Alternative Electoral Systems and the 2005 Ethiopian Parliamentary Election
by John Ishiyama
What if an alternative set of electoral rules had been used to govern elections when an authoritarian regime introduces its first real competitive elections? Would this alter the trajectory of democratic transition, after the introduction of political competition? In this paper, I conduct a set of electoral simulations with different electoral systems using the results from the 2005 Ethiopian parliamentary election. Would the results have been different had something other than the single member district plurality system been employed in the 2005 election? Would the opposition parties have attained more seats and if so, how many more? I find that had certain electoral rules been employed (particularly the Block Plurality system), the opposition parties would have fared much better in the 2005 parliamentary elections, and this would have had an important impact affecting the course of events that immediately followed the 2005 election. This has important implications for the negotiations over the rules governing future Ethiopian elections.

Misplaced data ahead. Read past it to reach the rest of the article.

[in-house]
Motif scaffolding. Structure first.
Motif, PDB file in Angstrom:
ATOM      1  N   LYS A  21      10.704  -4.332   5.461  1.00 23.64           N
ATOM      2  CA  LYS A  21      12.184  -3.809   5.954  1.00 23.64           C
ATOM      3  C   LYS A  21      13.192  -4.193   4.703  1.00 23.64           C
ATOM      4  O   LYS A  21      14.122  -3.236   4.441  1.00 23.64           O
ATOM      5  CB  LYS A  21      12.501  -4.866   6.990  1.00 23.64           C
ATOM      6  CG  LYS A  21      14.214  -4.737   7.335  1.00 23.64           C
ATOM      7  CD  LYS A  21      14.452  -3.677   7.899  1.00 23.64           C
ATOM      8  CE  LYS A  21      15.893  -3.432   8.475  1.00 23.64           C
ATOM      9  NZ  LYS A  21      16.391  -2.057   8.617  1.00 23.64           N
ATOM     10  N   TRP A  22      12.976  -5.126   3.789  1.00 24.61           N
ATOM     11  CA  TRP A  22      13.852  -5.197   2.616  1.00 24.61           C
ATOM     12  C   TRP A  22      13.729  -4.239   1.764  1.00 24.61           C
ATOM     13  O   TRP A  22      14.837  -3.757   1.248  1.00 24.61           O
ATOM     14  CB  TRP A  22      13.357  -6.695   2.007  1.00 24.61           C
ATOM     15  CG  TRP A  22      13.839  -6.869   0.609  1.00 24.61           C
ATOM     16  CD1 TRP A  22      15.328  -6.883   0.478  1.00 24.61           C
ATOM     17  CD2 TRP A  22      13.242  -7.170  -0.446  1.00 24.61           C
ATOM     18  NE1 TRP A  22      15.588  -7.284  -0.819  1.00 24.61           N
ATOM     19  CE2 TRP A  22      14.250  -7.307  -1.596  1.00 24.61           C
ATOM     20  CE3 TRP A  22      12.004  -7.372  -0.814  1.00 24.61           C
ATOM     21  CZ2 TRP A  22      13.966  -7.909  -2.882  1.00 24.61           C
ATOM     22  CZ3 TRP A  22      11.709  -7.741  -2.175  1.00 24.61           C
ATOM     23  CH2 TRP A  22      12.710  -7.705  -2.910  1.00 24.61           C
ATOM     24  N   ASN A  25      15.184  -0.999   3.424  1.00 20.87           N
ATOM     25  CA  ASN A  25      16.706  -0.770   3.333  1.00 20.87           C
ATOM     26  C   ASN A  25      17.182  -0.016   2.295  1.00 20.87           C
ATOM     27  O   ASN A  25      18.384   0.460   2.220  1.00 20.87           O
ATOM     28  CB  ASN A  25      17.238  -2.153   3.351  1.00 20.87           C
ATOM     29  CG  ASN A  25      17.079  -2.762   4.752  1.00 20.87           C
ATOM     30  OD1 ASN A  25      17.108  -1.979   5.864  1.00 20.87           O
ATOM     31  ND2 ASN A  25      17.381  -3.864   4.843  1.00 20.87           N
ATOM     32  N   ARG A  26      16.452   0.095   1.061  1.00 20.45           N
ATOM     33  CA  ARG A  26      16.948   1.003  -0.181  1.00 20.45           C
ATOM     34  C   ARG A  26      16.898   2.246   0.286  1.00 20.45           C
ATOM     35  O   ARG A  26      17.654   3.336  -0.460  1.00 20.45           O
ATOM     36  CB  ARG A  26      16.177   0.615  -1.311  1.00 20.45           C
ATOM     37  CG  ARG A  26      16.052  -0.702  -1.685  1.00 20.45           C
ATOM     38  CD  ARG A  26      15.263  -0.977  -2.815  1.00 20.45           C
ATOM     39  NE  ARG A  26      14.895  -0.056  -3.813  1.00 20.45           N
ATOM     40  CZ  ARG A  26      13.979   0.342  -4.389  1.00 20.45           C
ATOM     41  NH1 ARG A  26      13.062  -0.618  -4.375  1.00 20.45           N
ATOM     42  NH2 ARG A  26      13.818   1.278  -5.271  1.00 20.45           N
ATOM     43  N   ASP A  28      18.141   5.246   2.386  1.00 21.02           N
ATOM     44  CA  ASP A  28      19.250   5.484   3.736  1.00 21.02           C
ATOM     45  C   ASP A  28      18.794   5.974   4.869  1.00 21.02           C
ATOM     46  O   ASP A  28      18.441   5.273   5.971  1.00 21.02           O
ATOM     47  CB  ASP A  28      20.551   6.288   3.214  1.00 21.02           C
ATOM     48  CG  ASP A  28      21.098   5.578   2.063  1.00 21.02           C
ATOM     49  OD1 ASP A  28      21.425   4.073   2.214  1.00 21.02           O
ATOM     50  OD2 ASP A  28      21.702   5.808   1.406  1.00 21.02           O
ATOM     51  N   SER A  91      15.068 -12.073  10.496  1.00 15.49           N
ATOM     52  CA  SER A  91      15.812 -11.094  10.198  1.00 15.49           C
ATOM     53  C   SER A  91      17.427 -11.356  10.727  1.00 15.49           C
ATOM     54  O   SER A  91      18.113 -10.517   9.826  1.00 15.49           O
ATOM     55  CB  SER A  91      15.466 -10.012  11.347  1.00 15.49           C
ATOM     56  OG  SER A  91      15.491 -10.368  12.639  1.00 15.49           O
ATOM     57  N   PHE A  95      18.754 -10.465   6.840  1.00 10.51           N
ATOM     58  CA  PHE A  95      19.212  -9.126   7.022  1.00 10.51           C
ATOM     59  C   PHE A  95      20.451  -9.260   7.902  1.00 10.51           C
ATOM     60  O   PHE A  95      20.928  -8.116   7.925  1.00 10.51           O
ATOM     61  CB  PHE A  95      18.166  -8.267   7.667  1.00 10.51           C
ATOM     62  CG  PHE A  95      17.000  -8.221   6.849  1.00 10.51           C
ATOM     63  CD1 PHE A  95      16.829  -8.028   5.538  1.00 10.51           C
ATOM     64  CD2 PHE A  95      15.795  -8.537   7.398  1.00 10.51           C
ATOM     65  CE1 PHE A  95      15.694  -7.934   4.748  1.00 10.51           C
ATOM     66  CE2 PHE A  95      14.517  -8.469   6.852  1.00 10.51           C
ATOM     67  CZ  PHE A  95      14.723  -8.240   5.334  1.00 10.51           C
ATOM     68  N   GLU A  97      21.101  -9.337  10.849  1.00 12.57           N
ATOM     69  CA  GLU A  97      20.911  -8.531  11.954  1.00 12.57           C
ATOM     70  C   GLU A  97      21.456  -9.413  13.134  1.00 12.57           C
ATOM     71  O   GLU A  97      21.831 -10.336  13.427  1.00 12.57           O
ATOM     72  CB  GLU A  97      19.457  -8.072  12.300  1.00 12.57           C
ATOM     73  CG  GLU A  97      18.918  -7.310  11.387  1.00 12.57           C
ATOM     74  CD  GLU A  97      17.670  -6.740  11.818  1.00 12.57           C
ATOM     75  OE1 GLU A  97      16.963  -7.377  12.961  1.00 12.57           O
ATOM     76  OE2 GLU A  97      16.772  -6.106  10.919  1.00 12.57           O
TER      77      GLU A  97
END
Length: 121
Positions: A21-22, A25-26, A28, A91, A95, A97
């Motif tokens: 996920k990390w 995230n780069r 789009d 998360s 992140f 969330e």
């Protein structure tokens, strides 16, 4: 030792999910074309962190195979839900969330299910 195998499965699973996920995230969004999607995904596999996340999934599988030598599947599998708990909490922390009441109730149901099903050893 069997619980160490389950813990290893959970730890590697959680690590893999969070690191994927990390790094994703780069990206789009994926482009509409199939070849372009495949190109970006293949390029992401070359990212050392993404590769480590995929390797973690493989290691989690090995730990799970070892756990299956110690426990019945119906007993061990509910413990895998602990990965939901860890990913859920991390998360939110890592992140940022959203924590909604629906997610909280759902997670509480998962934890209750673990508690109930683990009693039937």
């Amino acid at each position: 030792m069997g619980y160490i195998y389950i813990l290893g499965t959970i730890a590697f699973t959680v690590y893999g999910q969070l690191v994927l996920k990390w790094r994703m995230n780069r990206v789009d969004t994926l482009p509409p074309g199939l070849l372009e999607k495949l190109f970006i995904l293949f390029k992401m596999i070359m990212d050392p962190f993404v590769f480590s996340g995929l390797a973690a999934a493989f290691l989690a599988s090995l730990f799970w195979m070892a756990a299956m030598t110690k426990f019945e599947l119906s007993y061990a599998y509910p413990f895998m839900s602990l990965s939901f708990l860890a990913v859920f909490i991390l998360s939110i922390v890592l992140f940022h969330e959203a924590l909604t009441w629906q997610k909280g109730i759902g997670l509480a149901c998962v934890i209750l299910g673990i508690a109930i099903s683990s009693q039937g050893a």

John Ishiyama is a professor of Political Science at the University of North Texas. He is the author or editor of four books and 101 articles (in such journals as the American Political Science Review, Perspectives on Politics, Comparative Political Studies, Comparative Politics, Political Science Quarterly, Political Research Quarterly, Social Science Quarterly, Europe-Asia Studies, Communist and Post Communist Studies, and Party Politics) and book chapters on political parties and ethnic politics in post communist Russian, European, and African politics and political science education. He is a research fellow at the University of Kansas’ Center for Russian and East European Studies and is Editor-in-Chief of the Journal of Political Science Education.